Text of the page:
70 %: 43 % for males 47 %: 32 % for females
3. Twin Studies: a) MZ: DZ =
2. Difficulty in controlling the amount drunk C. Family Studies: 7-fold increase in risk of alcoholism among 1st degree relatives of alcoholics. but cirrhosis may follow Cirrhosis: a) 10 % of chronic alcoholics b) more common in women c) vulnerability may be due to HLA-B8 antigen. found in 25 % of population d) HLA-A28 may have a protective effect e) fibrosis of the liver and decompensation of liver function f) stigmata of liver disease may be present Carcinoma: a) 15 % of patients with cirrhosis go on to develop hepato-cellular carcinoma Portal hypertension
4. Progressive neglect of alternative pleasures and interests F. 7. may be due to toxic effects of acetaldehyde / damage to immune system by alcohol women are more susceptible than men Fatty liver: a) may be present in 90 % of drinkers b) reversible with abstinence Alcoholic hepatitis: a) abstinence aids resolution. Evidence of tolerance may appear E. 2.
4.19 Alcohol dependence
DCR-10 at least three of the following: A.
and heavy tobacco smoking 6. 2. 4. Wernkicke’s encephalopathy 8. 8. Widening of sulci on CT scan 11. due to changes in the lipoprotein profile heavy drinking has the following effects: a) increase in blood pressure b) weakened contraction of myocardium. 9. Barrett’s oesophagitis Oesophageal varices Mallory-Weiss tears Gastritis and gastric erosions Peptic ulceration – 20 % of alcoholics. Central pontine myelinolysis 9. Peripheral neuropathy is probably due to thiamine deficiency (Dry Beriberi) 5. thiamine and B12 deficiency. 6. 2. bleeding may be exacerbated by Vitamin K deficiency secondary to cirrhosis Pancreatitis – both acute and chronic Gastric carcinoma Possible association with colorectal carcinoma Diabetes mellitus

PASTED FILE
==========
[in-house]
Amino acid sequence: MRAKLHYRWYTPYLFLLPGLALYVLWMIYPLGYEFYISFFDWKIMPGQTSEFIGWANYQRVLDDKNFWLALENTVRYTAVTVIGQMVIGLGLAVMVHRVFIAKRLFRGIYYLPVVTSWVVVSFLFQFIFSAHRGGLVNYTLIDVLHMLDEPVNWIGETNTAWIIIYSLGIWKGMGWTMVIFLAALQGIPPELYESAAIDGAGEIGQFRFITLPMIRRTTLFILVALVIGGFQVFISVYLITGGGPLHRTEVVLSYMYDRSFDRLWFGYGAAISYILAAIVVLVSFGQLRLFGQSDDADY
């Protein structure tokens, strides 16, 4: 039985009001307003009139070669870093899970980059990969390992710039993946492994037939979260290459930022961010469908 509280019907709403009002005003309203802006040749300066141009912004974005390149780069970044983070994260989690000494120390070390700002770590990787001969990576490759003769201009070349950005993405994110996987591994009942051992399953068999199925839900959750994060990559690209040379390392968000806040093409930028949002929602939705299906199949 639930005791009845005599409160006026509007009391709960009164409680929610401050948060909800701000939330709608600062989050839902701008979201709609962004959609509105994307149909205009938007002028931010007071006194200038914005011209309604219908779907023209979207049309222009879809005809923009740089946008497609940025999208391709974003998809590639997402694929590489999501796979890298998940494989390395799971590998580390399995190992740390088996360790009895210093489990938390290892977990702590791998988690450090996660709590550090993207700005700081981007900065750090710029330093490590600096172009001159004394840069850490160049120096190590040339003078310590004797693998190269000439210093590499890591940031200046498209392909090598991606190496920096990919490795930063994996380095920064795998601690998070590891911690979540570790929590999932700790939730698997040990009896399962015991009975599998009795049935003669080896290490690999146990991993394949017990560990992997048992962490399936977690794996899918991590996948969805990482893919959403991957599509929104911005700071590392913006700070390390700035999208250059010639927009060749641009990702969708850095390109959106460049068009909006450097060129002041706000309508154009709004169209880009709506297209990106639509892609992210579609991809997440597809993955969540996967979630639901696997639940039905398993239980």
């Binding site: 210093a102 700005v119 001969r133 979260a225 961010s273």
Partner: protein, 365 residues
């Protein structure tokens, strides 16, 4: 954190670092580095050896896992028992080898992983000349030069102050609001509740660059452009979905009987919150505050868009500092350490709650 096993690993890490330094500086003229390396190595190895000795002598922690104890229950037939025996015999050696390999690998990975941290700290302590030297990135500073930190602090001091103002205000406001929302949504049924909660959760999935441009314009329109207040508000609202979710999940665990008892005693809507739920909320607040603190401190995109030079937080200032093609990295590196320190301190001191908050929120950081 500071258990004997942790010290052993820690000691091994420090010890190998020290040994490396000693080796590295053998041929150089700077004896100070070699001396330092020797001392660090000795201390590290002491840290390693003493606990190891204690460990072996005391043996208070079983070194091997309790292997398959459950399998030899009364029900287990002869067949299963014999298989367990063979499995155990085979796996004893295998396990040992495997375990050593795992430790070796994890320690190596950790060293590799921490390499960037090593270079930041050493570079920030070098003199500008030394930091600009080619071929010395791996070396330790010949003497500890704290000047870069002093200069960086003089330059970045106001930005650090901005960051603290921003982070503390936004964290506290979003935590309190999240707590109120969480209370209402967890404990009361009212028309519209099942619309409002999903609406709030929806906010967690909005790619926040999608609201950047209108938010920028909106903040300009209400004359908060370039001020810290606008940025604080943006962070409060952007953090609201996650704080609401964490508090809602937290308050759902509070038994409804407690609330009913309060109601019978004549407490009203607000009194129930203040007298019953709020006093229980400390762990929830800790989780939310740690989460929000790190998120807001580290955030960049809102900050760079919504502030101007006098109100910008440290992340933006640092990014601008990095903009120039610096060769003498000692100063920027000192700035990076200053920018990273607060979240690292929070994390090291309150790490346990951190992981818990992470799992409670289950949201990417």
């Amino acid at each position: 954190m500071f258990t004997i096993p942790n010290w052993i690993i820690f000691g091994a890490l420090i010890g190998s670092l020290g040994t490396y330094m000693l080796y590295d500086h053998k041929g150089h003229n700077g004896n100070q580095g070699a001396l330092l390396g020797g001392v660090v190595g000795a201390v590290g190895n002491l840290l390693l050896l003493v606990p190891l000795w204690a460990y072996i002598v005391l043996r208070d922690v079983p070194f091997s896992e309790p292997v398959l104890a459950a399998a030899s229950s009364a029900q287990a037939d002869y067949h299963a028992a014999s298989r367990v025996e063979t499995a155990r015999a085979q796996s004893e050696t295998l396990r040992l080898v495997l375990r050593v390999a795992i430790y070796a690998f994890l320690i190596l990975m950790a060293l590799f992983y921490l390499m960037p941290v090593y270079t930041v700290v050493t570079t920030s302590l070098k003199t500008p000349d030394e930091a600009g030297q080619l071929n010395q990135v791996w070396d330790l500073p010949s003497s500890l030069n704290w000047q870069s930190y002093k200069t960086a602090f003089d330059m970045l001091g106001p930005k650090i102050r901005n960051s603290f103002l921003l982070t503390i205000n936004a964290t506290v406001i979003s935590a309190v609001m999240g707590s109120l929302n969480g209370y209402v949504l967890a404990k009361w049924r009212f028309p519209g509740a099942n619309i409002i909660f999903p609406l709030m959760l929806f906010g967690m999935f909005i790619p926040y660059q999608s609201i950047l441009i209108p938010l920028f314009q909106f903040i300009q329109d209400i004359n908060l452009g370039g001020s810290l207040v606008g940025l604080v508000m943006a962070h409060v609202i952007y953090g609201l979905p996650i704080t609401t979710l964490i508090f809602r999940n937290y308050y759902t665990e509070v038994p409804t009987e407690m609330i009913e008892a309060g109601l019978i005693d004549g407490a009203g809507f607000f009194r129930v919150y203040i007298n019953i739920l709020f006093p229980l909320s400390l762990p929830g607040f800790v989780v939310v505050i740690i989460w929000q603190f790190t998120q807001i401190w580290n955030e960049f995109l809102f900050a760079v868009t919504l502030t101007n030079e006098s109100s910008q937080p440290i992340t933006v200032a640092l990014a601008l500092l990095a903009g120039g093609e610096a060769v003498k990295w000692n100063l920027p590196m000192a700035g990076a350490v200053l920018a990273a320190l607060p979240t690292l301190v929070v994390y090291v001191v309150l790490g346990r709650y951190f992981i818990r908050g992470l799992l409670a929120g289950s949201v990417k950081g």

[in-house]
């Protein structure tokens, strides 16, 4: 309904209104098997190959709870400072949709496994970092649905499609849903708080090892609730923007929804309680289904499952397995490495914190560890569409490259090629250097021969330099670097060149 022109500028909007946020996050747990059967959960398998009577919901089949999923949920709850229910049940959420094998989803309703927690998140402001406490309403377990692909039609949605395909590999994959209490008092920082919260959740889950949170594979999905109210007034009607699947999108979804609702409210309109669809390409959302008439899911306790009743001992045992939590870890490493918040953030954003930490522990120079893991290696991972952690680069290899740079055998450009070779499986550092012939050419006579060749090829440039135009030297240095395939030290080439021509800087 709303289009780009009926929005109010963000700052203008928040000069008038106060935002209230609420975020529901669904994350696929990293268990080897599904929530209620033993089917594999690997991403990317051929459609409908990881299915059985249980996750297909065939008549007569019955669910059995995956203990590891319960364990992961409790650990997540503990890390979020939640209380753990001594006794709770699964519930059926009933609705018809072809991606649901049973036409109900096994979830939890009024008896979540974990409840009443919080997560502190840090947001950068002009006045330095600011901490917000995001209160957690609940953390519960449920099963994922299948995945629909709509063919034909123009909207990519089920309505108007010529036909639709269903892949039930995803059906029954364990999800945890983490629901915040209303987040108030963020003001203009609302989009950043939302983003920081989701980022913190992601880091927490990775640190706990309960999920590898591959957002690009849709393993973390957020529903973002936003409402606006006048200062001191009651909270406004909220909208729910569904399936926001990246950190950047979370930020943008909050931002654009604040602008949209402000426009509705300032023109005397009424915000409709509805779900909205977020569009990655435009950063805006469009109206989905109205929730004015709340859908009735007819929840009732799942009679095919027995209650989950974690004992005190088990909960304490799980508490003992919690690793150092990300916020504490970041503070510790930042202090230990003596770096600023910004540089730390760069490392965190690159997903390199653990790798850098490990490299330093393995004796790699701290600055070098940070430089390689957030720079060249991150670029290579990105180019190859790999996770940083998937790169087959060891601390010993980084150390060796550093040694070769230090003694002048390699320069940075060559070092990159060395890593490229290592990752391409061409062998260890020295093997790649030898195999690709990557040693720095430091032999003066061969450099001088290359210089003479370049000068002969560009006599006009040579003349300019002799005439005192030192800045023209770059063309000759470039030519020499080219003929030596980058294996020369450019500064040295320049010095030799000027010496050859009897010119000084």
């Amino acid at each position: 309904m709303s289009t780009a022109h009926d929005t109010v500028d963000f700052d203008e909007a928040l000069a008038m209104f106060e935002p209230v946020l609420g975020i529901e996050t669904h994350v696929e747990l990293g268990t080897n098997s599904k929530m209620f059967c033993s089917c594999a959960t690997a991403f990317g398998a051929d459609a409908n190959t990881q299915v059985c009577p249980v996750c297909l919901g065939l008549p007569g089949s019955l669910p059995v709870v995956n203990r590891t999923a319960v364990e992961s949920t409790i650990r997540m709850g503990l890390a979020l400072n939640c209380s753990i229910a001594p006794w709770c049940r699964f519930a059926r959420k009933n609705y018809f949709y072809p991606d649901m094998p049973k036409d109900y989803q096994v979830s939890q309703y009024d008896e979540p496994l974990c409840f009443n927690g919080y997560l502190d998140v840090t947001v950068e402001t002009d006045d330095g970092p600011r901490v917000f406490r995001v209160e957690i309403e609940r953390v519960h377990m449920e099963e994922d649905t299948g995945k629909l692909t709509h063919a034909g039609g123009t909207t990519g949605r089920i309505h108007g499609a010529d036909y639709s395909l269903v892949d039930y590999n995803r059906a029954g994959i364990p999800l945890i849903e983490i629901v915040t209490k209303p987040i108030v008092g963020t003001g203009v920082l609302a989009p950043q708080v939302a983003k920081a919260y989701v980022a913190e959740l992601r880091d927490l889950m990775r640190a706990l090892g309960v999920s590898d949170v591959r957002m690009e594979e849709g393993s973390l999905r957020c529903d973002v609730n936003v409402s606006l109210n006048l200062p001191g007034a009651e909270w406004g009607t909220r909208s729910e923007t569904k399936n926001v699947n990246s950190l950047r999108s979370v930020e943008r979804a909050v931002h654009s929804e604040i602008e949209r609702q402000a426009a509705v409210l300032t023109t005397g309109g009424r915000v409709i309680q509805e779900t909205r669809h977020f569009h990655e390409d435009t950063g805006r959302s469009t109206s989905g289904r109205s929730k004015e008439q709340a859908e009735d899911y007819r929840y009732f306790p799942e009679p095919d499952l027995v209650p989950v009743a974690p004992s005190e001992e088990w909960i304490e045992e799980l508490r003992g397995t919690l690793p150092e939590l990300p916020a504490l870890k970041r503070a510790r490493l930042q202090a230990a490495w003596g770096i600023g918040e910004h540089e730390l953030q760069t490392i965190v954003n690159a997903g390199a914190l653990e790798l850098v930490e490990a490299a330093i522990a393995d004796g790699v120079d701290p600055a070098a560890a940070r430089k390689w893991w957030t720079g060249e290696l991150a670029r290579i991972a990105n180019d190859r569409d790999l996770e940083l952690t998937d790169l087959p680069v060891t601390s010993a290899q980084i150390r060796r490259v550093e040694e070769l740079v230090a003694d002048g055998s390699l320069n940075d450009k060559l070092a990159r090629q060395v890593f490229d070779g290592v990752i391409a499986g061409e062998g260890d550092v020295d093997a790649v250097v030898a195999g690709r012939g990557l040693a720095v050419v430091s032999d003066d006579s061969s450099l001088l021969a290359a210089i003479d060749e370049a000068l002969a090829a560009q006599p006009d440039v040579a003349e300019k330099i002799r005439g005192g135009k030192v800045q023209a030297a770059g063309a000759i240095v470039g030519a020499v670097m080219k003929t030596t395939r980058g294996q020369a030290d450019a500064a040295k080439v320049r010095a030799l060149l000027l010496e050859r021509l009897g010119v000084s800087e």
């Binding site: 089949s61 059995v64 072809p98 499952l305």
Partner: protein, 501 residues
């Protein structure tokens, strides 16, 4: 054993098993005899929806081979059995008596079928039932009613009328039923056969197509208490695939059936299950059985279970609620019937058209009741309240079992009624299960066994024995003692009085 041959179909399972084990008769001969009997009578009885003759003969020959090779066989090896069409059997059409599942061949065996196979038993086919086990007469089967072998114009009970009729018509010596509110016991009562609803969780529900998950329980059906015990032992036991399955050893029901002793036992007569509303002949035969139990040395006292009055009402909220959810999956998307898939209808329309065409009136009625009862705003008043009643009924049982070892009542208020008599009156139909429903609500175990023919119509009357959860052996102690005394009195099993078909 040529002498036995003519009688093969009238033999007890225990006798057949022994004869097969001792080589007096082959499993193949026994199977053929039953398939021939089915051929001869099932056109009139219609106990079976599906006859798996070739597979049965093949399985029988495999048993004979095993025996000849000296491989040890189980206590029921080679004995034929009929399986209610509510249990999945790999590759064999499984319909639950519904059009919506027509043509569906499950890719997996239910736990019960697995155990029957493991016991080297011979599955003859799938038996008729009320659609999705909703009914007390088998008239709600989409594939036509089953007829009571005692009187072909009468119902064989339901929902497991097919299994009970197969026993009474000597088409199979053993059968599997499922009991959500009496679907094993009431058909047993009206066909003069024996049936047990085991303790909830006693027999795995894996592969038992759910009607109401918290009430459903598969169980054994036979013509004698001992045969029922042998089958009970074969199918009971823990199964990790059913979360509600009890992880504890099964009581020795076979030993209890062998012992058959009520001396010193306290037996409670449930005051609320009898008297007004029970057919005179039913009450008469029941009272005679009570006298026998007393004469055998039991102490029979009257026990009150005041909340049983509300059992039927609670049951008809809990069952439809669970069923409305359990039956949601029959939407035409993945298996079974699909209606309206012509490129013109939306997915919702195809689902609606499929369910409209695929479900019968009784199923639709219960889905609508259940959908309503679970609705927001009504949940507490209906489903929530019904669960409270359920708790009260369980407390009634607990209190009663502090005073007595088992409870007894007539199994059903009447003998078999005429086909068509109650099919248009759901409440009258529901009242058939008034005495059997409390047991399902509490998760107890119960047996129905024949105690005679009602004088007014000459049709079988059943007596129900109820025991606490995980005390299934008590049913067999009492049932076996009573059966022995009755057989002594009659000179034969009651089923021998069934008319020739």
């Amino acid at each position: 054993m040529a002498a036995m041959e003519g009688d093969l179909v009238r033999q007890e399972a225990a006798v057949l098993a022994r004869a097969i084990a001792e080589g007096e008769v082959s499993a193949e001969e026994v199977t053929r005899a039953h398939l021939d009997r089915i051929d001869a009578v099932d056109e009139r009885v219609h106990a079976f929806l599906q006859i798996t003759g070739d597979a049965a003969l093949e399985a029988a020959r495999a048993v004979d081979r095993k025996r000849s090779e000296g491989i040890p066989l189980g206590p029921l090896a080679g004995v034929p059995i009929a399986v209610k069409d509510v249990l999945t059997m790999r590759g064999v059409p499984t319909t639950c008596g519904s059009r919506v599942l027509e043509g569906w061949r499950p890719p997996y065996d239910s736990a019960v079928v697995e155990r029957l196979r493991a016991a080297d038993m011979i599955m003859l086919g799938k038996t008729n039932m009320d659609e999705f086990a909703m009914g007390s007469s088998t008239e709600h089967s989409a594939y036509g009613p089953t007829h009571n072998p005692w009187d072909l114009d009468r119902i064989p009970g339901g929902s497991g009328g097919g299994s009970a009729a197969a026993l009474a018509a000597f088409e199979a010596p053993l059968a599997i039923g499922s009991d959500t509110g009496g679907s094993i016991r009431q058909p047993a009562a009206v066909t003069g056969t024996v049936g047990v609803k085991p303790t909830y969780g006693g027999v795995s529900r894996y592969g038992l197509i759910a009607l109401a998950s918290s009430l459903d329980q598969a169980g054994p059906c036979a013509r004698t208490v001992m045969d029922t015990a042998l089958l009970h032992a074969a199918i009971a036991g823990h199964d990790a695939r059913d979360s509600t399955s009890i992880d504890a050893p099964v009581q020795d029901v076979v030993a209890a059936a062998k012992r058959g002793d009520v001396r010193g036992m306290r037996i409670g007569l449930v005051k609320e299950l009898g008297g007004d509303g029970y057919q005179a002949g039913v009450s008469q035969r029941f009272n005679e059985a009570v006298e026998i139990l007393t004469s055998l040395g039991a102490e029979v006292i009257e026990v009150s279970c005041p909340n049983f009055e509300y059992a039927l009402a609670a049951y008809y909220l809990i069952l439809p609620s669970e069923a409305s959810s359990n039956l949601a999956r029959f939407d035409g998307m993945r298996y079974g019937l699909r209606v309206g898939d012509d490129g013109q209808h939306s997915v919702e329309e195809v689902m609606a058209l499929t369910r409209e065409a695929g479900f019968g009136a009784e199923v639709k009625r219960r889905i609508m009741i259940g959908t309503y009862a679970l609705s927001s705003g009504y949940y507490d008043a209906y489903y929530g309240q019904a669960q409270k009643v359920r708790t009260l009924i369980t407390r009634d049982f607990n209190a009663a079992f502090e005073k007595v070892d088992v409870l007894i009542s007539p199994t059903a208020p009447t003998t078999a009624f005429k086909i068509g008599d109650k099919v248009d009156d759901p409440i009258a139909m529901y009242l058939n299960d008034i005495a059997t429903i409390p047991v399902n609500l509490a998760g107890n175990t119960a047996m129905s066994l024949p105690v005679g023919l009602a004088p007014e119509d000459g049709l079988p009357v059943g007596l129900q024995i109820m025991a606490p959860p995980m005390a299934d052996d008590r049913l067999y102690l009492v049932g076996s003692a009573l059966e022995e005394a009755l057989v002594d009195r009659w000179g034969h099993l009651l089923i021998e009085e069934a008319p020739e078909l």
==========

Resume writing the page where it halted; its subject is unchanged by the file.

Haematological: 1. Cerebellar atrophy/ degeneration 10. Alcoholic Hallucinosis: a) rare conditions in which auditory hallucinations occur alone in clear consciousness b) usually clears in a few days. leading to heart failure c) cardiac arrhythmia d) cardiomyopathy
. 5. 2.269 Law and Medicine Guide to MRCP Part 1
Gastrointestinal: 1. alcoholism is the commonest cause of macrocytosis Thrombocytopenia and anaemia may also occur Zieve’s syndrome is a rare form of alcoholic haemolysis
Neurological: 1. Korsakoff’s syndrome is caused by global cortical brain impairment 7. moderate drinking is considered beneficial. but may be followed by secondary delusional misinterpretation c) up to 50 % go on to develop symptoms of schizophrenia (Benedetti. 1952) 3. Delirium Tremens 2. 7. EEG abnormalities – P300 is decreased. Epilepsy of late onset (> 25 yrs) is the most common neurological complication a) trauma b) alcohol withdrawal c) brain damage 4. 3. 3. Optic atrophy: a) loss of visual acuity b) blindness associated with methanol poisoning. and other wave abnormalities have been reported in detoxified alcoholics Cardiovascular: 1.